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In her 17 years as CEO of the Center for Heirs’ Property Preservation®, Dr. Jennie Stephens has made a career of righting wrongs, specifically related to land title issues among Black and other historically underserved communities in the American South.
“I have a strong justice bent. I always want to fix things,” says Dr. Stephens. “Helping people help themselves is my motto. That’s who I am.”
Heirs’ property is defined as land passed down through family generations without a written will. This was not uncommon in areas where, due to segregation or poverty, access to legal aid and estate planning was often nonexistent. Without valid documentation, property may now be owned jointly by multiple heirs. This makes the property difficult to manage because it limits a landowner’s ability to demonstrate property rights and get a mortgage or conservation funding—and can even lead to a loss of the property itself.
The Center for Heirs’ Property Preservation® aims to protect such property by establishing documented legal ownership and promoting sustainable use of the land moving forward—ensuring it will be of economic benefit to future generations. Since its establishment in 2005, the center has helped resolve 330 titles for more than 216 people with land valued at $21 million.
Last year alone, the nonprofit provided advice and counsel to more than 600 heirs’ property owners. Not all those families signed on to the project, but they learned what heirs’ property is; what their rights are; and what they must do to protect their land. “We’re helping families reclaim what they should already have,” says Dr. Stephens. “Education is the greatest service we provide. People don’t know what they don’t know.”
Dr. Stephens sees land as a vital part of social and cultural identities—and a valuable asset to facilitate growth. It’s central to conserving natural resources and building inclusive, resilient, and sustainable societies. Any loss of land goes beyond deforestation or degradation; it’s a tremendous loss of history and culture too.
Legally establishing rights to heirs’ property is a multi-step process. First, landowners must develop an up-to-date family tree in order to begin the legal process. The family tree is necessary to conduct a thorough title search, which is used to help the family and the court confirm ownership interests. Descendants may be a single person, a few siblings, or dozens of distantly related family members who have never met. This group of owner heirs may also include folks who married into the family and/or who have inherited property and in no way are blood heirs to the original owner. For the center to move forward with a case, family members must eventually reach 100% agreement on all matters pertaining to working with the center and heirship and agree on a plan to use the land moving forward. With many interests at play, it can be a challenging prospect.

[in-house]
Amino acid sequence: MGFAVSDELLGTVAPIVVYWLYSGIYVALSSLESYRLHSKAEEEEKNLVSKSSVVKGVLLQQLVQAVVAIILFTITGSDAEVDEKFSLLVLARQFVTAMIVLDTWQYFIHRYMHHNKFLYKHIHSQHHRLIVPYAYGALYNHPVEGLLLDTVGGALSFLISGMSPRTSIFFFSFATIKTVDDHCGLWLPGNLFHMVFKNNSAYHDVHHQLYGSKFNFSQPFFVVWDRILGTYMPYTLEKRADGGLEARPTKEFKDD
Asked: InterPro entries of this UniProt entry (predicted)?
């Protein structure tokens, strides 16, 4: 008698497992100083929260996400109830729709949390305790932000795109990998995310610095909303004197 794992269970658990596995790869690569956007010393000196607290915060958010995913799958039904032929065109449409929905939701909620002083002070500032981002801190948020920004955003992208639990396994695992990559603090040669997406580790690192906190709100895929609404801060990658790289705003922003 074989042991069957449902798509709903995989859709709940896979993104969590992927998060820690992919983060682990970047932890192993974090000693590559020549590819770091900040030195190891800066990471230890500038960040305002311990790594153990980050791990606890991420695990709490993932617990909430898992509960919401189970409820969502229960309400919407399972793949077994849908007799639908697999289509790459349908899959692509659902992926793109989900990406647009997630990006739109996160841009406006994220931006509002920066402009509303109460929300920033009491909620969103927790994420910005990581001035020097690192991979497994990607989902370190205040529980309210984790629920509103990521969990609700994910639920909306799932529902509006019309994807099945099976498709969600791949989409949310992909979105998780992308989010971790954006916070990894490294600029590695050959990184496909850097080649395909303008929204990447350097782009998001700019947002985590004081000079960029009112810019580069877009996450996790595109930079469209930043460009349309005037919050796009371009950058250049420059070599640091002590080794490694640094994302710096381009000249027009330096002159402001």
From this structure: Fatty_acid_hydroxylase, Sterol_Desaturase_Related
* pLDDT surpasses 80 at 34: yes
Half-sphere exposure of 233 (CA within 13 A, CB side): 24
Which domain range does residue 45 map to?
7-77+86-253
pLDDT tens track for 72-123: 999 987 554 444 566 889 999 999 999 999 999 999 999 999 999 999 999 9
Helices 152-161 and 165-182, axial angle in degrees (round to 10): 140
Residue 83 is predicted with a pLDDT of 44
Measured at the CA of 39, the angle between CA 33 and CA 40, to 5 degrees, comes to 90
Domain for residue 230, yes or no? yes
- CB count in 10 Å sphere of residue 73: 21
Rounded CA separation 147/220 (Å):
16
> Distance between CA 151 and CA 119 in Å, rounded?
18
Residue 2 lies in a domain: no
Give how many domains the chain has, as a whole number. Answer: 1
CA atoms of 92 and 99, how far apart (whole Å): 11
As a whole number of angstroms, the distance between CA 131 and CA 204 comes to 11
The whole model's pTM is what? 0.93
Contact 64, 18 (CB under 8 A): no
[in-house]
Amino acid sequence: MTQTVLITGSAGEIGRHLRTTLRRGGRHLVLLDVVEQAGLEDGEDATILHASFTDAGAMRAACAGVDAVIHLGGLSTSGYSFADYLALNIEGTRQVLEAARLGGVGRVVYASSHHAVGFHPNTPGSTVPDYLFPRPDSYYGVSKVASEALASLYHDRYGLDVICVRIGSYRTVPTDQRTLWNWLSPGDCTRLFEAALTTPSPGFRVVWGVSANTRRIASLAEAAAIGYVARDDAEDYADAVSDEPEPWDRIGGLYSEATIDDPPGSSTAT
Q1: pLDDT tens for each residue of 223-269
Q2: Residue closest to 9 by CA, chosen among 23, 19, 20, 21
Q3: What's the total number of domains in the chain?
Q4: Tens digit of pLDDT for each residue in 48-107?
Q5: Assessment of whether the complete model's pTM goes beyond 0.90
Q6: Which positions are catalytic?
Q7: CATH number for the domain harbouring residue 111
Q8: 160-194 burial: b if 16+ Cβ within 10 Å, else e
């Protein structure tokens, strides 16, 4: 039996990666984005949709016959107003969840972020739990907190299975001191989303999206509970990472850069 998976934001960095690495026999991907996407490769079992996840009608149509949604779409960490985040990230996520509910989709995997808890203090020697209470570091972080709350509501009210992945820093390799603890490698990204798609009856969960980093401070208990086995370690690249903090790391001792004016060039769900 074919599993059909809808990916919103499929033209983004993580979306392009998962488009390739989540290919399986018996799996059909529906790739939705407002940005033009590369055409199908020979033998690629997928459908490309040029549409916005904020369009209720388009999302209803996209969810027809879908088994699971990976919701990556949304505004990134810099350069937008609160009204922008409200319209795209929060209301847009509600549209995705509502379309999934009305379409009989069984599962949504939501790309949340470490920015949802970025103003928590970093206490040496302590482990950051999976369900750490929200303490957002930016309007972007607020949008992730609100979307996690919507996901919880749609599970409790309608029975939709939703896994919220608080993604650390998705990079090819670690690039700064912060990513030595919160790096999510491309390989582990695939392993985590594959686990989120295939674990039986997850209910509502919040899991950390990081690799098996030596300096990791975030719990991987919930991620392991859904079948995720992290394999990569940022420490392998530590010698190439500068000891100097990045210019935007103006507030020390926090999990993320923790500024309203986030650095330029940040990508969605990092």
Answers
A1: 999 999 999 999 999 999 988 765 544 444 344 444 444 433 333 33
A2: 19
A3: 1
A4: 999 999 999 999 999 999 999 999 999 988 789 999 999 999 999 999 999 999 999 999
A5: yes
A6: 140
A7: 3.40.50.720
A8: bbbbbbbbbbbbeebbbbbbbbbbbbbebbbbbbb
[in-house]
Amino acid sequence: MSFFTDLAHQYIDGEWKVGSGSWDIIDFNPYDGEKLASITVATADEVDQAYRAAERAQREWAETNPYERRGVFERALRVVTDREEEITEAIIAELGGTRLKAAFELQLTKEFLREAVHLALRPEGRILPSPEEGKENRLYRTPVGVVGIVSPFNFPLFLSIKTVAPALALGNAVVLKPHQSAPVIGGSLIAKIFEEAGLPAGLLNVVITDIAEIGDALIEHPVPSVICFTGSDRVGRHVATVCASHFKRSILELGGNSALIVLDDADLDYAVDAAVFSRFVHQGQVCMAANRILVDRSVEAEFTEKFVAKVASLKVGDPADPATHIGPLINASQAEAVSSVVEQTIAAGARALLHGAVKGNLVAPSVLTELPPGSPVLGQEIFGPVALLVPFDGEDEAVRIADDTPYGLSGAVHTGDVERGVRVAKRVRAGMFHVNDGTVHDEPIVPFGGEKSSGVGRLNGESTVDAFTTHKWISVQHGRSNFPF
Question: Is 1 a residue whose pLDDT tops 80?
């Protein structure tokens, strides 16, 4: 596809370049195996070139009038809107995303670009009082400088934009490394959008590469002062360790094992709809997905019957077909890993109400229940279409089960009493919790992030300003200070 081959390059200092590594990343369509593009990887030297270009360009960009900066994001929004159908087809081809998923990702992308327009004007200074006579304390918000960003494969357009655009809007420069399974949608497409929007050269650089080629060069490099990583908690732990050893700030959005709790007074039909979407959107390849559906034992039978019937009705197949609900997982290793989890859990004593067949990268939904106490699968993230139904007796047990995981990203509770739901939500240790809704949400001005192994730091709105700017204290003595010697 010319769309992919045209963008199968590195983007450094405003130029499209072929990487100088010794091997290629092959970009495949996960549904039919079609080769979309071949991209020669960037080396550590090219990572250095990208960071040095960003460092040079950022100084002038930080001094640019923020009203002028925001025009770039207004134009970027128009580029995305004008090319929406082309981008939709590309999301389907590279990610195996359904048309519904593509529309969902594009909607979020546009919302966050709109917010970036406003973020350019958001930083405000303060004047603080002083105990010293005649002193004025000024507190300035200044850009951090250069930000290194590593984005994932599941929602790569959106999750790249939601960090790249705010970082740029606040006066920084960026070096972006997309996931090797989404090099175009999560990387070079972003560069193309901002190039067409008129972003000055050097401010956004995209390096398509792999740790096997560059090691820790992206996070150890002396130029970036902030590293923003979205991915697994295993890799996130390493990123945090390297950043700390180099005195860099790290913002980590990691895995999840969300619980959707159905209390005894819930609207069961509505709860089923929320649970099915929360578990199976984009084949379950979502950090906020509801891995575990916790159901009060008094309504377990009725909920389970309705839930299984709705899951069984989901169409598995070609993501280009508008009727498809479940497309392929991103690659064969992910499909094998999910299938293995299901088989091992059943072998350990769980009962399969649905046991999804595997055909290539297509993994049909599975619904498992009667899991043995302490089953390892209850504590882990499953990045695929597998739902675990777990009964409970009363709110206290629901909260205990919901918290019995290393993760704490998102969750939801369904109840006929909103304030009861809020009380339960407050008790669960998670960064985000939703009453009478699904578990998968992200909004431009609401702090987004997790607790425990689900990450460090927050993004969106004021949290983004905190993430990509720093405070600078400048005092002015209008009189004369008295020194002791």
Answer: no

“My advice is to keep your focus on the ancestors who made this possible instead of ‘Where’s mine?’” says Dr. Stephens. In the American South, many of these ancestors were formerly enslaved people or their descendants. They struggled to gain and keep land in a country where their rights—property and otherwise—were not recognized and often violently opposed. “The thing that amazes me about my job is that folks who would be considered uneducated today held on to this land for generations,” she says.
The Center for Heirs’ Property Preservation® began as a 501(c)(3) in South Carolina but has now spread to other states. It has grown substantially, from five employees in 2013 to 35 people today, with 50 staffers expected by the end of the year. This includes community liaisons who meet with local leaders and families to increase their awareness about heirs' property, as well as lawyers and foresters to help establish ownership and sustainably manage land, respectively.
In 2021, with support from WWF and Kimberly-Clark, the Center for Heirs’ Property Preservation® and the Mississippi Center for Justice launched the Mobile Basin Heirs’ Property Support Initiative to help families in the Mobile Basin of Mississippi protect and keep their forestland. The two-year pilot combines legal services, information, and access to financial and forestry resources to help resolve land title issues and build generational wealth. This initiative will also serve as a model to replicate in other states, including Alabama.
Establishing legal ownership from start to finish often takes several years, but Dr. Stephens and her colleagues won’t be discouraged. “What was hidden is now out in the open,” says Dr. Stephens. “Folks now see the value of our work and how many families are impacted by it.”